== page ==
5. Kihahouna Heiau: The walled heiau (temple) that once stood here was 130 feet by 90 feet; dedicated to Kane, a major god of Hawaii; Hulukoki, a bird god; and Ku-hai-moana and Ka-moho-alii, two shark gods. Three hala-lihilihi-ula trees situated on the outside of the naupaka hedge mark the heiau perimeter.

6. Poipu Beach Park: Abundant, easy-to-view marine life in calm waters is a major attraction at Po`ipu Beach. The endangered native Hawaiian Monk seal and threatened Green sea turtle are frequent visitors. From November through May, the endangered Humpback whale appears. Ancient Hawaiians fished and played here and harvested salt in dug-out evaporating pans nearby.

Poipu Beach

7. Keoneloa Bay: Between 200 and 600 A.D., early visitors arrived at Keoneloa Bay, meaning long sand, likely from the Marquesas Islands. They used the area as a temporary fishing camp, leaving behind stone-age tools, remnants of heiau, or temples, and ahu, or altars. They prayed to Kane`aukai, an important fishing god.

8. Makawehi and Paa sand dunes at Keoneloa Bay: The lithified sand dunes of Makawehi, calm face, and Pa`a, hard rock, yield fossilized plant roots, bird bones, crab claws and other treasures. Prior to extensive wave erosion, this prominent limestone ridge extended across Keoneloa Bay. During March through November, water birds visit and sea birds nest and roost in the dunes.

9. Ha`upu Ridge and the Puuwanawana Volcanic Cone: More than 5 million years ago, a hotspot in the earth spewed lava upward to form the volcanic mountain island of Kaua`i. Nearby Ha`upu Ridge and Mountain contain some of the oldest geologic formations. Look for the youngest volcanic cones such as Pu`uwanawana, within view. Weathered volcanic material produced rich agricultural plains.

10. Hapa Road: Lava rock walls near Hapa Road signify Hawaiian habitation ca. 1200 A.D., while the road dates to the late 1800s. Nearby tracks once held trains hauling cane to Koloa Plantation for milling. Hapa Road served as a supply and emergency evacuation route during World War II, and at various times a foot- and bicycle path.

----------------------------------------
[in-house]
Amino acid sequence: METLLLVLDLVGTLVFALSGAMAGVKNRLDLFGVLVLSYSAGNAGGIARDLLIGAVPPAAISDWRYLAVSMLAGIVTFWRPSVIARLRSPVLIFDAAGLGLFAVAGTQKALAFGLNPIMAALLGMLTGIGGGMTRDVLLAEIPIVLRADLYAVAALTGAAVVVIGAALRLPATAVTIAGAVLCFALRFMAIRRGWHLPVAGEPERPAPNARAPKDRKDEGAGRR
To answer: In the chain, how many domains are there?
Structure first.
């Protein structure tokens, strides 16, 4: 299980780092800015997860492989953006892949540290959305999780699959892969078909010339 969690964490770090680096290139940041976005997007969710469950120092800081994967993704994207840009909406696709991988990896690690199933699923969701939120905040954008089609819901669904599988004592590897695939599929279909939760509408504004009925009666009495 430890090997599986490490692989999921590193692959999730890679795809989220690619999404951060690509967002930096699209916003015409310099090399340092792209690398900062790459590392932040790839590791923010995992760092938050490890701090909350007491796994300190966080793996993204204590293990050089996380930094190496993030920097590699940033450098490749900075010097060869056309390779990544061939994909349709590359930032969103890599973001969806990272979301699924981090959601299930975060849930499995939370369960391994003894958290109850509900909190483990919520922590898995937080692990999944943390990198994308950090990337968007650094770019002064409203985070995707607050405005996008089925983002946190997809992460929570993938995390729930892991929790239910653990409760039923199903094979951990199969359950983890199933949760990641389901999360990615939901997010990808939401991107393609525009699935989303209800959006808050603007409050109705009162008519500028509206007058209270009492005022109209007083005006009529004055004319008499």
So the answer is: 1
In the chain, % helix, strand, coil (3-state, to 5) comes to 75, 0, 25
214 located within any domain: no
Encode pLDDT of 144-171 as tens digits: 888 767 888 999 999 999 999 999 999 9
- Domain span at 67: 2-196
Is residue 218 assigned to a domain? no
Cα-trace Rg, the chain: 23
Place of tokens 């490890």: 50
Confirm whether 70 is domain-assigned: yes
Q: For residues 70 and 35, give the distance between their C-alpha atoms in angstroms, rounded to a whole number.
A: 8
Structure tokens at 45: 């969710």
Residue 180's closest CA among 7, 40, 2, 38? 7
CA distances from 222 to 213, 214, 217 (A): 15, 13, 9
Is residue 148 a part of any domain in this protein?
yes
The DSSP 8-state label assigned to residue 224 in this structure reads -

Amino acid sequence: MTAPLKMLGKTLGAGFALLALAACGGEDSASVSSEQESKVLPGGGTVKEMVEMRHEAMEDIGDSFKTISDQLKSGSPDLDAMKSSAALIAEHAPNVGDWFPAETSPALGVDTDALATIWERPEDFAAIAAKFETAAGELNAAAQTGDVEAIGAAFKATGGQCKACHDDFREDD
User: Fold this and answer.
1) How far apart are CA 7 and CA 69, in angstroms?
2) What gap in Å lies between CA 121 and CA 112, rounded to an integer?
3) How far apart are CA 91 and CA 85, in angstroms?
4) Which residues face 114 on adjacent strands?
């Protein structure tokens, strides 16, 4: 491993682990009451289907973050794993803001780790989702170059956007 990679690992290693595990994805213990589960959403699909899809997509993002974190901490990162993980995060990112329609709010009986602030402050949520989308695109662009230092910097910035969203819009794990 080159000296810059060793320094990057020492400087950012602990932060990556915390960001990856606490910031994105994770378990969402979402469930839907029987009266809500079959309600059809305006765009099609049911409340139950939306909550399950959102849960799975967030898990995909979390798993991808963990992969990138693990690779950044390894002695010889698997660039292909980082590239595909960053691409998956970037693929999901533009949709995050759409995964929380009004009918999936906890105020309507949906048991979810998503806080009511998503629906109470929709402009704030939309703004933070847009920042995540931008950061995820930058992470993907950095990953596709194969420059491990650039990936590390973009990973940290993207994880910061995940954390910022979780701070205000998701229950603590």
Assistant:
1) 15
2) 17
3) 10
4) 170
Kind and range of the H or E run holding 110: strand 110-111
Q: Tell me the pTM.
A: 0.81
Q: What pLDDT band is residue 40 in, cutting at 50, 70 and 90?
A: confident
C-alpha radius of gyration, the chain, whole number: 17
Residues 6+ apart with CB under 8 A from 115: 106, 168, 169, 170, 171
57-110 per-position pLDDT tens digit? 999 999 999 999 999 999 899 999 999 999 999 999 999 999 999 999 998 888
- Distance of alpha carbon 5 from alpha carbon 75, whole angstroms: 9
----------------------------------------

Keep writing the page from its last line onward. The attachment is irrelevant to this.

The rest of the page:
11. Koloa Jodo Mission Buddhist temple: Buddhist temples provided Japanese immigrants a place to worship, study their language, learn martial arts and participate in social events. This Jodo Mission used a specialist in temple architecture from Japan to build the large temple’s interior. Hand-painted, wooden ceiling tiles were a gift from the Japanese artist who rendered them.

Photo Credit: Koloa Jodo Mission

12. Sugar Monument: Ancient Polynesians were the first to bring sugar cane to Hawai’i. Starting with its first cane seeding in 1835, Koloa Plantation was the first in Hawai’i to successfully mill cane commercially for export. It set the precedent for free housing and medical benefits for its immigrant employees from China, Japan, East and West Germany, Portugal and the Philippines.

13. The Yamamoto Store and the Koloa Hotel: Built at the turn of the 20th century, The Yamamoto Building functioned at various times as a plantation camp store and general store with service station. Behind it, the Koloa Hotel offered rooms to traveling salesmen and actors. The o-furo, or hot tub, provided a relaxing soak to guests.
14. Koloa Missionary Church: Koloa Missionary Church sanctuary is part of a homestead once owned by Dr. James W. Smith, a medical missionary. In 1842, he began a practice of over 40 years, later becoming an ordained minister at The Church at Koloa. His grandson, Dr. Alfred Herbert Waterhouse, added a clinic to the homestead in 1933.